Back when Billionaires’ Row was little more than Central Park South, the newly-converted historic Apthorp condominium building at 390 West End Avenue in the heart of the Upper West Side was said to be one of the city’s most expensive apartment buildings. Built for William Waldorf Astor in 1908, the building surrounds an interior courtyard, setting it apart from Manhattan’s many other regal residences. Converted to condominiums after being sold in 2006, the building’s most luxurious units arrived on the market in 2013, and new Manhattan sales records were set. The Apthorp may enjoy a moment in the headlines again: Its most expensive unit just hit the market asking $23.995 million. That number–or anything near it–will set a new record for residential units in the building. The larger of the two units in this combined sale is also the building’s largest renovated home, spanning a jaw-dropping 8,000 square feet.
The two units add up to a small city of an Upper West Side home with 16 rooms and 7 bedrooms–and not just any 16 rooms and 7 bedrooms. Design pro Edda Elias helmed a renovation that incorporated detailed millwork and finishes deserved by the building’s grand architecture. Soaring ceiling heights were preserved and encouraged, joined by new oversized windows and floors of American oak hardwood plank with decorative mahogany inlay.
Through the apartment’s grand foyer that retains the original Apthorp marble and stone mosaic floor, a stately library with custom-carved mahogany and elm burl millwork and a fireplace mantle of carved Pietra Serena Limestone faces the building’s famous landscaped interior courtyard.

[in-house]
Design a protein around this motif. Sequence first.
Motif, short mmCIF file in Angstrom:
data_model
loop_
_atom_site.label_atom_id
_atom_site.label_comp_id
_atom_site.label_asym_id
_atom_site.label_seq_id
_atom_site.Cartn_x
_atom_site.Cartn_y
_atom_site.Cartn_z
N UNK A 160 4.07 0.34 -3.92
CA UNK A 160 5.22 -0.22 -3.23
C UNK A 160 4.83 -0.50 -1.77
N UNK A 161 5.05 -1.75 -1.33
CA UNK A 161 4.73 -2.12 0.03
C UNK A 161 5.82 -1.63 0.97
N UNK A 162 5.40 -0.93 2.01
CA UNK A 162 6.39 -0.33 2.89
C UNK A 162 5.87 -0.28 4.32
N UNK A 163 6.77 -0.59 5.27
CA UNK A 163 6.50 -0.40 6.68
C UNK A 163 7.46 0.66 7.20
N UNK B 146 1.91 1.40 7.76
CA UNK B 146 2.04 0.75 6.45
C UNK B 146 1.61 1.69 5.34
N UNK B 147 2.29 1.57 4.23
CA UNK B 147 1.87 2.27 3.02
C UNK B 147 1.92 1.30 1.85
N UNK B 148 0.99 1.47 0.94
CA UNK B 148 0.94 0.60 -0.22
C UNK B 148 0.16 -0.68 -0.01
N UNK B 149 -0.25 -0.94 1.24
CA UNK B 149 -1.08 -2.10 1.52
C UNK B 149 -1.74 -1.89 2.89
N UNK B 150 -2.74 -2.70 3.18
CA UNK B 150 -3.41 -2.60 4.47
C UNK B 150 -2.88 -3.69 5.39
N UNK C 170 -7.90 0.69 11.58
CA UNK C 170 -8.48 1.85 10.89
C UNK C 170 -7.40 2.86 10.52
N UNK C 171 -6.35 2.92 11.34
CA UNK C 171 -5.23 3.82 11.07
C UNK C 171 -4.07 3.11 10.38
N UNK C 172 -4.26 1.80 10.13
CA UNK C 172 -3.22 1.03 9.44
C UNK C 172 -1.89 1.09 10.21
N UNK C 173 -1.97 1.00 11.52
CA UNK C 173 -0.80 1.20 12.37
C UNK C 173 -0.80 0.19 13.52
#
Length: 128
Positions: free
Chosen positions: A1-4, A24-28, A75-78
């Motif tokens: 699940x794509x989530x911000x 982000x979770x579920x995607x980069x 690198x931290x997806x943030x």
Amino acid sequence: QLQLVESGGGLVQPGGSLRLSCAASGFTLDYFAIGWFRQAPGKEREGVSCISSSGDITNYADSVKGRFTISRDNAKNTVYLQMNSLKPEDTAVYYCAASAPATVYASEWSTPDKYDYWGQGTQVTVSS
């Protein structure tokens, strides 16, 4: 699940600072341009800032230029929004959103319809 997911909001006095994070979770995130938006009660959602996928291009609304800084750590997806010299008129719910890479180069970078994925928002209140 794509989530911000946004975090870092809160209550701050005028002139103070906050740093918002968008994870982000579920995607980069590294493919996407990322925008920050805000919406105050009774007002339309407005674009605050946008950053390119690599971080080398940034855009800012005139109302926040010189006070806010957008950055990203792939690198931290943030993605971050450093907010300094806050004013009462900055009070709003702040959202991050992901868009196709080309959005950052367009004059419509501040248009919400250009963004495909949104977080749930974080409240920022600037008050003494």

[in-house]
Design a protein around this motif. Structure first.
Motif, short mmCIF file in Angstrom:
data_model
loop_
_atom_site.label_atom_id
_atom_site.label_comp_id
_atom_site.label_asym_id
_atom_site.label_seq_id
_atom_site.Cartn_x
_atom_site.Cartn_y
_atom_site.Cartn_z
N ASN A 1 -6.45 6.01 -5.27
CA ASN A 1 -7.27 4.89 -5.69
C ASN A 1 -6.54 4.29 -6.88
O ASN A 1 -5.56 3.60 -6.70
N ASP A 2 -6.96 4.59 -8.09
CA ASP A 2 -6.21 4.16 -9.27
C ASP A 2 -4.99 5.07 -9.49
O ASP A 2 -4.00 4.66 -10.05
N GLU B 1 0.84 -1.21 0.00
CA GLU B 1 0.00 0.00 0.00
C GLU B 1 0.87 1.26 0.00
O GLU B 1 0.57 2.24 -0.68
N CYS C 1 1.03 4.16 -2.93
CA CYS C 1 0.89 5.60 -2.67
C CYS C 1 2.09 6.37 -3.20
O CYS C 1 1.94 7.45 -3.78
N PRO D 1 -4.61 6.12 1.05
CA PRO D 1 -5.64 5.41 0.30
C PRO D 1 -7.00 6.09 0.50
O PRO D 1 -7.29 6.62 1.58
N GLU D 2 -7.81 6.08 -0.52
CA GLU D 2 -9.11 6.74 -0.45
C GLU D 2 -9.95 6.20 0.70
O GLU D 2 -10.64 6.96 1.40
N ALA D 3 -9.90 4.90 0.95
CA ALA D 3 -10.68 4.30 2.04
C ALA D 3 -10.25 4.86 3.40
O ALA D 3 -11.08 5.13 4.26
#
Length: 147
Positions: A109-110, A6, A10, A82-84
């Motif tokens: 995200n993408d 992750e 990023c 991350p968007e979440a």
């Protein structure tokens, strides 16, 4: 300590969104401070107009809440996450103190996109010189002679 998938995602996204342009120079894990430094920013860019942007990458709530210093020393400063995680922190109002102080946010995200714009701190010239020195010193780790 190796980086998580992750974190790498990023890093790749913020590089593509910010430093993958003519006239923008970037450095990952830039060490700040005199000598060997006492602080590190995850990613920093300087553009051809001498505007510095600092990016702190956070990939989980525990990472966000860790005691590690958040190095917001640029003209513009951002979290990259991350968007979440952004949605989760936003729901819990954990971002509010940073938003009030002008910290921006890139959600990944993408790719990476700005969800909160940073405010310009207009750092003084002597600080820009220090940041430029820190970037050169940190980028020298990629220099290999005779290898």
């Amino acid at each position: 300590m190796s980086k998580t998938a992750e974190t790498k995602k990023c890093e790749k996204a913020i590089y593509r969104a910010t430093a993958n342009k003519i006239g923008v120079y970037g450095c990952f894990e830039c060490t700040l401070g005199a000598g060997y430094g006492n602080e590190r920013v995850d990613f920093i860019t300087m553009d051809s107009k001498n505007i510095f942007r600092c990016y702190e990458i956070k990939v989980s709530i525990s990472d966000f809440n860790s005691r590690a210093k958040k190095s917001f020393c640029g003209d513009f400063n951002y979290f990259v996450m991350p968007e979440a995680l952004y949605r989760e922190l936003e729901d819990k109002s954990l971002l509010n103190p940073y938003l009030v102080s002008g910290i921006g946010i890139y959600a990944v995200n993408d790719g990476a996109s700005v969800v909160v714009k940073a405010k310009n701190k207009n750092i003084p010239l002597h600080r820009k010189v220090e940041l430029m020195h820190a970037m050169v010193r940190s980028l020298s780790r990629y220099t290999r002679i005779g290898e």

In the master suite, lacquer finish millwork is the serene backdrop for a marble mantle, double marble baths with adjoining dressing areas, a built-in refrigerator and sink and a sitting room.
In the parlor, original Apthorp style was again preserved in the form of a Chesney carved marble mantle; two mahogany doors lead to the great room where mahogany paneling and a wall of custom cabinetry with faux shagreen accents provide more storage than you’d even need in an 8,000 square-foot home. Above is a coved ceiling with indirect lighting; below, oak plank floors have mahogany decorative inlay, all of which create a majestic entertaining space.
Cabinet craftsman Christopher Peacock created the glossy black and honey oak cabinetry in the 25-foot kitchen. Appliances are from SubZero, Viking, Miele, Wolf and Jenn Air, all best in their categories. The adjoining informal dining room and den has another built-in refrigerator/ freezer and a wine fridge.
Additionally there are four spacious bedrooms, each with an en suite marble bath, a powder room and laundry room with two Miele washers and dryers, storage and a sink. Smart technology is in full effect, with a remote-accessible Crestron system controlling lights, shades, cameras, music and temperature.
Across the hall from this singular residence is an additional two bedroom/two bath apartment with a new kitchen that is included in the sale. Combining the apartments will require building and city approvals, of course–though in addition to the courtyard and the cachet, the building has the unique advantage–compared to others of similar grandeur–of not having to deal with a co-op board.
Building amenities include 24-hour gate attendants, doormen, handymen, and a garage. A suite of amenities by notable designer Stephen Sills includes a 6,500-square-foot fitness center with sauna, children’s playroom, party room, bicycle storage, a beautifully landscaped courtyard garden and a porte cochere.
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Images courtesy of Brown Harris Stevens.
Neighborhoods : Upper West Side